Karen Landis is planning to make a name for herself in the world of jewelry, despite the trying times. Her gorgeous wire-wrapped gemstones and 3-in-1 necklaces offer stunning, timeless, and affordable options for ladies who still want to look and feel special even without a lot of cash to spare. Her dive into retail may have been more than she imagined, but one thing is for sure: Seeing people enjoying her jewelry makes it all worth it.
Creative Loafing: What got you started in jewelry design?
Karen Landis: I was on a corporate management career track working 60-70 hours a week. I realized that I didn't have the personality for it. I wanted to make jewelry. Last August, I accepted a position that was a step down and a cut in pay because it allowed me to work from home. Working from home meant I no longer had to spend time commuting or attending business functions. That gave me the time to focus on jewelry. This year, I've opened two stores online (http://karenlandis.etsy.com and http://karenlandis.artfire.com), started a jewelry blog and began using Twitter. I'm also interested in selling my jewelry at art fairs and doing trunk shows at boutiques. You can't do everything overnight so I'm taking a stepped approach. For instance, I recently purchased a used, high-end artist's booth on Ebay. I wasn't expecting to make that investment this year. I knew I needed it eventually but the price was right (even though I had to drive to Ohio to pick it up). Sometimes, things just fall in your lap. Now I can check that off my list.
Where do you see yourself in the world of jewelry artists?
Locally, I view myself as an active participant who would like to be even more immersed. I've joined three jewelry related groups since I moved to Charlotte. I belong to the Charlotte Beadaholics, the Charlotte Area Jewelry Artists, and the Hornet's Nest Crafters Etsy Street Team. While each group has a different focus, they are all filled with talented, inspiring, generous artists interested in building a community. Since I work from home, I had to force myself to get out and connect with other artists. Charlotte has so many art and craft opportunities. I feel like I'm just scratching the surface and look forward to exploring more.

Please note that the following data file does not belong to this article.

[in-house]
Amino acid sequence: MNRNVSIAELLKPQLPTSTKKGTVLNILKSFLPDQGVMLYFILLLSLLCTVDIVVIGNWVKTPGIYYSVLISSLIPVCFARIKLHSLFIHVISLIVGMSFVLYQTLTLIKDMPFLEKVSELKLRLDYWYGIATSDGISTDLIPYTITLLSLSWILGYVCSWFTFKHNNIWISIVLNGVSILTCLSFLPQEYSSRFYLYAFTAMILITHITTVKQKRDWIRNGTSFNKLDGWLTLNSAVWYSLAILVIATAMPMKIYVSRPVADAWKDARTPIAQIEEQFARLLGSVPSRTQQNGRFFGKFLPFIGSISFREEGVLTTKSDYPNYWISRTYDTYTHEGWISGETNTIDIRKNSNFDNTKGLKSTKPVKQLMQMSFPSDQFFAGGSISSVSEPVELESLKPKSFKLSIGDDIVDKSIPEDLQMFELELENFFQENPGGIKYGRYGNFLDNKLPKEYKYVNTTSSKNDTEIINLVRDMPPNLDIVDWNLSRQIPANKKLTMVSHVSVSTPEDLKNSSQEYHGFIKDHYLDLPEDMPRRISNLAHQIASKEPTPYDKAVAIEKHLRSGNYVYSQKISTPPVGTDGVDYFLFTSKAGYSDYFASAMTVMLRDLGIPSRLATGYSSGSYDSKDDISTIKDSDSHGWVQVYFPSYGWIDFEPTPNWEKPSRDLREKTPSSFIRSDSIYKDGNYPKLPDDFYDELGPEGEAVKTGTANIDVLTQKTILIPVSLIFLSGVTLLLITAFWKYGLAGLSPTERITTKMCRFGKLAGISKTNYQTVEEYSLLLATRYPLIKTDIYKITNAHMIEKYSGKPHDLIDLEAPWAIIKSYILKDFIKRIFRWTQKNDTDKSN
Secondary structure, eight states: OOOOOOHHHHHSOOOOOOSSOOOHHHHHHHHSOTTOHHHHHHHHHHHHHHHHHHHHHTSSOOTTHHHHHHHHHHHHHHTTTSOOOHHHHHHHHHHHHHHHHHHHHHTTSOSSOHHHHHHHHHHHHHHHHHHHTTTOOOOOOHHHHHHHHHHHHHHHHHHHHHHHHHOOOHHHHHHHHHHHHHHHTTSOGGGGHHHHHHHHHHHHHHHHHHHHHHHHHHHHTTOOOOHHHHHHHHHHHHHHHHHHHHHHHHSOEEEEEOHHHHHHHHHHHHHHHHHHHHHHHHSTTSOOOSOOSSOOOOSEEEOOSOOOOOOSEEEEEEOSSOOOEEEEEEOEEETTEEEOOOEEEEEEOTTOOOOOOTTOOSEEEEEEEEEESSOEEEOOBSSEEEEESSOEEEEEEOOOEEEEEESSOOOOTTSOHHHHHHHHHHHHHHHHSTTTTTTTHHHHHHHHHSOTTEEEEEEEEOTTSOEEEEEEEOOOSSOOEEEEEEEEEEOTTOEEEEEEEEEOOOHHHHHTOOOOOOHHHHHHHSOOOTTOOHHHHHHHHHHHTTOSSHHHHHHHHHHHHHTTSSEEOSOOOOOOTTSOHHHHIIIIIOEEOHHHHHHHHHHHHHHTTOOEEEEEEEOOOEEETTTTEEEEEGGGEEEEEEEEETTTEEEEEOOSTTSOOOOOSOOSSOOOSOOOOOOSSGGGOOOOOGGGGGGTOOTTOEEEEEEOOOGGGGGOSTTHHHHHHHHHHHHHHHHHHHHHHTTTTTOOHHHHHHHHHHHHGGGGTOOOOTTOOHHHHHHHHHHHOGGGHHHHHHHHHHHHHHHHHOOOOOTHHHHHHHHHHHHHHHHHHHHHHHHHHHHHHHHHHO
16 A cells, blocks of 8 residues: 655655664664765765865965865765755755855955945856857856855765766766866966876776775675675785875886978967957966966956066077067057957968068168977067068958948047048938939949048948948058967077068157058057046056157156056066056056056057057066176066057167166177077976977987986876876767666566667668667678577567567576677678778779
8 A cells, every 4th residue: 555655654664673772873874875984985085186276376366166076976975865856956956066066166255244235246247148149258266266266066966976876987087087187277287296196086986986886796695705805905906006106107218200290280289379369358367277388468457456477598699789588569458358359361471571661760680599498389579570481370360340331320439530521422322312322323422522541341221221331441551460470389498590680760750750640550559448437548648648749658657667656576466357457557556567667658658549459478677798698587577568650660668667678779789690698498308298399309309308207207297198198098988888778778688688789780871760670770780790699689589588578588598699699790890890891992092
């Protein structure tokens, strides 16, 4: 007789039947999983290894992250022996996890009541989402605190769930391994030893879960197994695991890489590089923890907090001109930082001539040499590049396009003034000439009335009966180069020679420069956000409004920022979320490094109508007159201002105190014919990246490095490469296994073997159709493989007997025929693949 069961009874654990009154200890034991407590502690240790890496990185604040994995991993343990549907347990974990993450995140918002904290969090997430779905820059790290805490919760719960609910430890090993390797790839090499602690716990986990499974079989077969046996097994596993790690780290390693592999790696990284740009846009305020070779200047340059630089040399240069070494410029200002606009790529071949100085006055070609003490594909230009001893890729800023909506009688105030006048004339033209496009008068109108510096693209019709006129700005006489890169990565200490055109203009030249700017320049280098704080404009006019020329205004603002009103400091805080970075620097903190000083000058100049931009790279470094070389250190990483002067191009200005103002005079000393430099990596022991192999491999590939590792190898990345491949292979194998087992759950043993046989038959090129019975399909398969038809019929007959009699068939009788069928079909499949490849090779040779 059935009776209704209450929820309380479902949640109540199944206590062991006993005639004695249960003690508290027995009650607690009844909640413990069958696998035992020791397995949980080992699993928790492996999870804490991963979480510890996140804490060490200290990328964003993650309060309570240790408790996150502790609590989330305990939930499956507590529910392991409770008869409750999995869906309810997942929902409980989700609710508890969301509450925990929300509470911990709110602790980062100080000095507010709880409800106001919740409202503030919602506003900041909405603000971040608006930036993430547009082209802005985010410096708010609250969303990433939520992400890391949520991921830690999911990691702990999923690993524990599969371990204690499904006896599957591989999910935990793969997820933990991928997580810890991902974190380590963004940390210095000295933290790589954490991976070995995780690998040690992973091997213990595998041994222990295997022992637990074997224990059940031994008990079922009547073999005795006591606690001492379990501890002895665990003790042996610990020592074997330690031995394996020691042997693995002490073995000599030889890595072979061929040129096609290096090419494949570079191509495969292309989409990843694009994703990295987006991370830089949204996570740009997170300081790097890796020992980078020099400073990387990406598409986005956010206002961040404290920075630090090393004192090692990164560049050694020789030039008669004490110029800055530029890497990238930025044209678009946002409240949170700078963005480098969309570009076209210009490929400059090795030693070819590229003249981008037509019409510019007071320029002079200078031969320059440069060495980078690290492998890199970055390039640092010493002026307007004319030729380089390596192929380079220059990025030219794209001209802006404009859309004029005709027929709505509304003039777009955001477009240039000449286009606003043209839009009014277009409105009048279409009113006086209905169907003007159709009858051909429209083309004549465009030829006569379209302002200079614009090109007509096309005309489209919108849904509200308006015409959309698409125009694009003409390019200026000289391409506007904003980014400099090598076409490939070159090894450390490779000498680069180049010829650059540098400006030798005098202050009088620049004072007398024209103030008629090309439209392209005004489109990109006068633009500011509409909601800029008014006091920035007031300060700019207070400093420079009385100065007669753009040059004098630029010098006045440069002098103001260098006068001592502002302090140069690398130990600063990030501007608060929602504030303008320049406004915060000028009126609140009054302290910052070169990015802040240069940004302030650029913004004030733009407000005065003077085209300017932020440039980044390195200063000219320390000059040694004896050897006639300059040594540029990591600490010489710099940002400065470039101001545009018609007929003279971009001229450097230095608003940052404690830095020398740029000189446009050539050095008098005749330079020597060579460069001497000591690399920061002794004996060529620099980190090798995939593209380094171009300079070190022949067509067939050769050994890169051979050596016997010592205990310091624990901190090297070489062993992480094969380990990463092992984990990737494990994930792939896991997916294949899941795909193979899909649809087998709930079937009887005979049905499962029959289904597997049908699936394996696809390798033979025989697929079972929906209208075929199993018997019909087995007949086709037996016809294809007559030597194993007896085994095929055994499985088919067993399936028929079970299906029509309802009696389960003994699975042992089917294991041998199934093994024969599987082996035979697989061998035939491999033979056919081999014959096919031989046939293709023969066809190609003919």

What are your goals in your work?
My style is evolving. I've tried a lot of wire techniques and am experimenting further. I have more ideas than time so I end up sketching them or writing them down. I'm drawn to asymmetrical designs and enjoy making pieces that can be worn in multiple ways. For instance, my 3-in-1 necklaces are designed to be worn three different ways. I also have adjustable necklaces that you can change the look of depending on how you loop them. And I'm working on a new design that is made in three pieces. You can combine the pieces to wear them separately or together to create distinct looks. I also pay attention to quality and detail. That's very important to me. I want my pieces to last.
What are some other things you explore, creatively or not?
I'm still interested in painting. I recently purchased oils and still have my watercolors. Right now, jewelry is taking up all my time. I hope to squeeze in time to do some painting later this summer. I'm a complete sucker for dogs. I LOVE them. I have a little mutt named Jackson. He's a Shih Tzu/Cairn Terrier mix with a big personality. My neighbor pointed me to the Davie Dog Park here in Charlotte. I've met so many wonderful people there and I'm convinced it's Jackson's favorite place on earth.
What are your favorite mediums/methods?
My mediums of choice are sterling silver and gemstones. I love the diversity within gemstones (no two are exactly alike) and the look of them with silver. I'm getting ready to launch a monthly gemstone series on my blog. I'm selecting a different gemstone each month and writing about its origins, meaning, history, use and quirks. I do mostly wire wrapping and am getting in to wire weaving. I also have some designs sketched that will incorporate pierced sterling silver focal links. I've experimented with gold a little but prefer sterling. I'm most concerned with the spirit of the piece. I try to keep it interesting and beautiful while maintaining a level of quality. If I wouldn't wear it, you won't see it.